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How effectively Dickens presents his characters and themes in the opening two chapters of Hard Times.

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In this essay I aim to look at how effectively Dickens presents his characters and themes in the opening two chapters of Hard Times. I am going to comment on his style and language in this response. Firstly I will analyse and then evaluate the text. I will look at a number of things including content, tone, rhythm, context, language and style. Hard Times is a narrative prose which Dickens writes using plenty of literary devices. Firstly I'm going to look at chapter one "The One Thing Needful" and chapter two "Murdering the Innocents." The first thing I noticed was the name of both the chapters were biblical phrases. The first chapter sets the scene in a "plain, bare, monotonous vault of a schoolroom." We know there are three adults present "the speaker, the schoolmaster and third grown man present." It is here that we learn that the narrator is a grown man but we don't know anything else about him. During chapter two, we are still in the classroom, and we discover, the third grown man is called M'Choakemchild. However, we still don't know the name of the narrator. In the classroom, Gradgrind is questioning a young girl about her father's job and horses. ...read more.


Metaphors and similes are used quite a lot in the description of Gradgrind e.g. "the speaker's square wall of a forehead, which had his eyebrows for a base, while his eyes found commodious cellarage in two dark caves, overshadowed by the wall." Dickens also uses repetition of the word "facts" and especially "nothing but facts." I think that this is done because Dickens wants to get across to us that all Gradgrind wants to teach these children are facts. Dickens' style is very consistent and it doesn't change throughout chapter one and two. The intentions behind chapter one and chapter two include several things. For example, Dickens wants to set the scene, and give us a definite opinion of Gradgrind. He is also starting to tell us about how his teachers should be and what his school is like. Throughout the book, he wants to inform, whilst entertaining parents of the dangers of these schools just being allowed to be set up like this. As we know that Hard Times was first printed weekly from April to August of 1854 in a house owner's magazine, so therefore, it was quite likely to be read by a large audience. When looking at the context that Hard Times was set in, I am going to discuss utilitarianism and also the education during and before 1854. ...read more.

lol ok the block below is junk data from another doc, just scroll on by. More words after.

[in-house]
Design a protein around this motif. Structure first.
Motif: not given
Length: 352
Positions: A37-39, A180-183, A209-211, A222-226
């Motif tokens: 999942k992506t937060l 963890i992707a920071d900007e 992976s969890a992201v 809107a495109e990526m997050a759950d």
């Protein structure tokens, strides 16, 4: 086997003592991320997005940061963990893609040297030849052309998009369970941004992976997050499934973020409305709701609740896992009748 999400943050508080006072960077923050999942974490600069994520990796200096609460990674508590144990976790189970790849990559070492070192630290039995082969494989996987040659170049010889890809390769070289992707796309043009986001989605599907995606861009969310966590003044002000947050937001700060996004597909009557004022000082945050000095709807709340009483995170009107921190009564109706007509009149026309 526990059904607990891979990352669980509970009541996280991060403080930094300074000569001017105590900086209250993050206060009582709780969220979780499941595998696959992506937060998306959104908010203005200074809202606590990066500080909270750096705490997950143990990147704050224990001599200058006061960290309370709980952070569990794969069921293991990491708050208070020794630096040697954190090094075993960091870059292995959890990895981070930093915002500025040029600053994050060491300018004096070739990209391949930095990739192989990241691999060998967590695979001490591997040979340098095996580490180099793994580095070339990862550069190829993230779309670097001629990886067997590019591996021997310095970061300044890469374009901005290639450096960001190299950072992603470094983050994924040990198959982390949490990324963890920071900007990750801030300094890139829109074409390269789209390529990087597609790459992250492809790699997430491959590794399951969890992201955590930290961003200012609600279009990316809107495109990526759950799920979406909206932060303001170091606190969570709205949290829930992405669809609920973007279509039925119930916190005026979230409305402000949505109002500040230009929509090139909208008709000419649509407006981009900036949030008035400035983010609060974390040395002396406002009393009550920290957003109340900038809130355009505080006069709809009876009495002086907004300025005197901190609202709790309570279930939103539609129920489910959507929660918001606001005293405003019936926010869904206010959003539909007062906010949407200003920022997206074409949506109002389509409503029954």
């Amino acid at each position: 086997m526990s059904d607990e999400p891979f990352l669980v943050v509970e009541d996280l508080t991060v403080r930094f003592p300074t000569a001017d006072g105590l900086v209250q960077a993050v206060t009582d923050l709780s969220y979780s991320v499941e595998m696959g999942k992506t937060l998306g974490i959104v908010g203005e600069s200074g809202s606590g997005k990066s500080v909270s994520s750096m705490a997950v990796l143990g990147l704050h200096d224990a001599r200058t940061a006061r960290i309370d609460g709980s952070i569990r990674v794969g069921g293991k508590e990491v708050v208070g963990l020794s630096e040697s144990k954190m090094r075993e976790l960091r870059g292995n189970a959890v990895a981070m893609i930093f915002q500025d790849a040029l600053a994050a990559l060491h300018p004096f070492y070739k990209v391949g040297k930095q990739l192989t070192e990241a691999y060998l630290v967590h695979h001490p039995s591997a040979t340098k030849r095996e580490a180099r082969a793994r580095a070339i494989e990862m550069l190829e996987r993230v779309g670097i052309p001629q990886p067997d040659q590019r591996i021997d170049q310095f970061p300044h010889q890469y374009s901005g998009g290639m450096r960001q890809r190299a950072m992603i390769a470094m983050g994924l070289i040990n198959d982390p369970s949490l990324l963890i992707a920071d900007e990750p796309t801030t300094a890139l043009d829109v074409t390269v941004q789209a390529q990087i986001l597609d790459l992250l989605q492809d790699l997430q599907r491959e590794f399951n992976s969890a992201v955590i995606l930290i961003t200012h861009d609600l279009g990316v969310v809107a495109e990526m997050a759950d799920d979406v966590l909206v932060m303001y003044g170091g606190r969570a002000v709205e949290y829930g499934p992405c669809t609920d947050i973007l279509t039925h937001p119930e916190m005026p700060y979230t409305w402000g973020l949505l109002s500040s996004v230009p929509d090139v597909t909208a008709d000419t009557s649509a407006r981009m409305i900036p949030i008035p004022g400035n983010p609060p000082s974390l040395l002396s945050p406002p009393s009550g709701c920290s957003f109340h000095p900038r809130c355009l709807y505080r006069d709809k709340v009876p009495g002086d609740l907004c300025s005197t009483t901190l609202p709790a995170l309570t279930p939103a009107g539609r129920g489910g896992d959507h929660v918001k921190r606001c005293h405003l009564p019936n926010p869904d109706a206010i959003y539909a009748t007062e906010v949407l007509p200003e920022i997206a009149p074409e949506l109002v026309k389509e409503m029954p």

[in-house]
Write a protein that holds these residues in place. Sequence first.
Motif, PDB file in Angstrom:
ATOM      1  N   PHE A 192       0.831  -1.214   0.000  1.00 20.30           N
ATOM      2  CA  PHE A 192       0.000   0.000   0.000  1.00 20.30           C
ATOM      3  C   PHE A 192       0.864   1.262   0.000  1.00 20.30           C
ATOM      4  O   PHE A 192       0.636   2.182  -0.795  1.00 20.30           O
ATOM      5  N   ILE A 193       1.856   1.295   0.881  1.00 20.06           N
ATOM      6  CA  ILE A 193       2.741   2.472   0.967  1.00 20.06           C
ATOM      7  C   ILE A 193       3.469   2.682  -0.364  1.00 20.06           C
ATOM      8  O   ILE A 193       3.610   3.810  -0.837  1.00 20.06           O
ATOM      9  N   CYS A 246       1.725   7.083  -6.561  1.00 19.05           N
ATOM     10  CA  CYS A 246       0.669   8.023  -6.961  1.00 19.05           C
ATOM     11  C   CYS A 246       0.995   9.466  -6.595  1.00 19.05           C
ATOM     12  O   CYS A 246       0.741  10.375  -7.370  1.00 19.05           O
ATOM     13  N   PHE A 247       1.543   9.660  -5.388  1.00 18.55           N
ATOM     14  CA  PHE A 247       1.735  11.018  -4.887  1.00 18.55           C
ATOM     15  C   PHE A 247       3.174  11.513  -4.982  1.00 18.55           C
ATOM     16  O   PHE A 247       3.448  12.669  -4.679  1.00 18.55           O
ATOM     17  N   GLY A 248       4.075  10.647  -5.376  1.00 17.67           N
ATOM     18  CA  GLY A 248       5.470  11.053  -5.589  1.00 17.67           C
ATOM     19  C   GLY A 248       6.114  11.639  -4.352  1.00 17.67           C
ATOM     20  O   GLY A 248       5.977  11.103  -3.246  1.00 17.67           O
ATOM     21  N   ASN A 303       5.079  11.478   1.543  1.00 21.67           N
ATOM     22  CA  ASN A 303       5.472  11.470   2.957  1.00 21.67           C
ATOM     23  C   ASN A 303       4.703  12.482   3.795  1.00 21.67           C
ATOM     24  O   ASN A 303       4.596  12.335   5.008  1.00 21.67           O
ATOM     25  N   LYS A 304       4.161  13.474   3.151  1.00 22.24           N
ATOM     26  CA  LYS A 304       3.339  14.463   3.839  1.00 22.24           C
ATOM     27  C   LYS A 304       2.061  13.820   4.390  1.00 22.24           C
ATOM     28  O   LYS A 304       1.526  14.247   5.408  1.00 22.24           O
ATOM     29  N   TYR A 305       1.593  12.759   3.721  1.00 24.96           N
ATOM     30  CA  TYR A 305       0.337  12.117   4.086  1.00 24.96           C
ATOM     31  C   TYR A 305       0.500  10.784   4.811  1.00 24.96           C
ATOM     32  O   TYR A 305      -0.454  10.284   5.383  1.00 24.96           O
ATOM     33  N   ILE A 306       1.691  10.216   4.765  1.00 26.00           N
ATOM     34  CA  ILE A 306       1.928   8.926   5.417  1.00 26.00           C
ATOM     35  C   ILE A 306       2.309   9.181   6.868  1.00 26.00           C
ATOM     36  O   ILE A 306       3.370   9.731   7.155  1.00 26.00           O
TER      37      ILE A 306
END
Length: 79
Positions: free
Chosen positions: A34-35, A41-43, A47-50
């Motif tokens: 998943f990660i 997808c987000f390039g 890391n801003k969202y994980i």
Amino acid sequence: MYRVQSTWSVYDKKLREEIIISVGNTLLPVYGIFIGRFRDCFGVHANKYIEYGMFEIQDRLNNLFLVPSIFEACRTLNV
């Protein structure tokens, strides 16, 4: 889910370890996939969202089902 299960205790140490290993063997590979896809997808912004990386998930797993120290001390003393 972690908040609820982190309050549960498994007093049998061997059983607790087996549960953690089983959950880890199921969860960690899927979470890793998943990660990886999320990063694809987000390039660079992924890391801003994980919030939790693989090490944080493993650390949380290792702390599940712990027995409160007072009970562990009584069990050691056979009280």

This is because without using the descriptive language and the figurative language that is used, I don't think that Dickens would portray his feelings on the subject matter as well as he does. I also feel that now I understand the context of Hard Times, I can understand the book better. All of the above mentioned literary devices contribute to making the first two chapters effective in presenting the characters and themes. At the end of each chapter you're left with a clear description of one of the characters. Dickens writes these in such a way that you want to learn more and if they carry on to your expectations. You also learn quite clear themes at the beginning and so during the story you know what Dickens is trying to achieve and inform people. I realise that at the time, this wasn't published as a book, but in a weekly magazine. This makes it quite understandable as Dickens obviously had to make his each chapter effective to keep the readers interested. If they could only read one chapter at a time and the first two were really dreary, they wouldn't be interested to read anymore. I believe that this is why he has started with a big impact. How effectively does Dickens present his characters and themes in the opening two chapters of "Hard Times"? Comment on his style and language in your response. Analyse and evaluate. By Bryony Harper, 12MZS ...read more.

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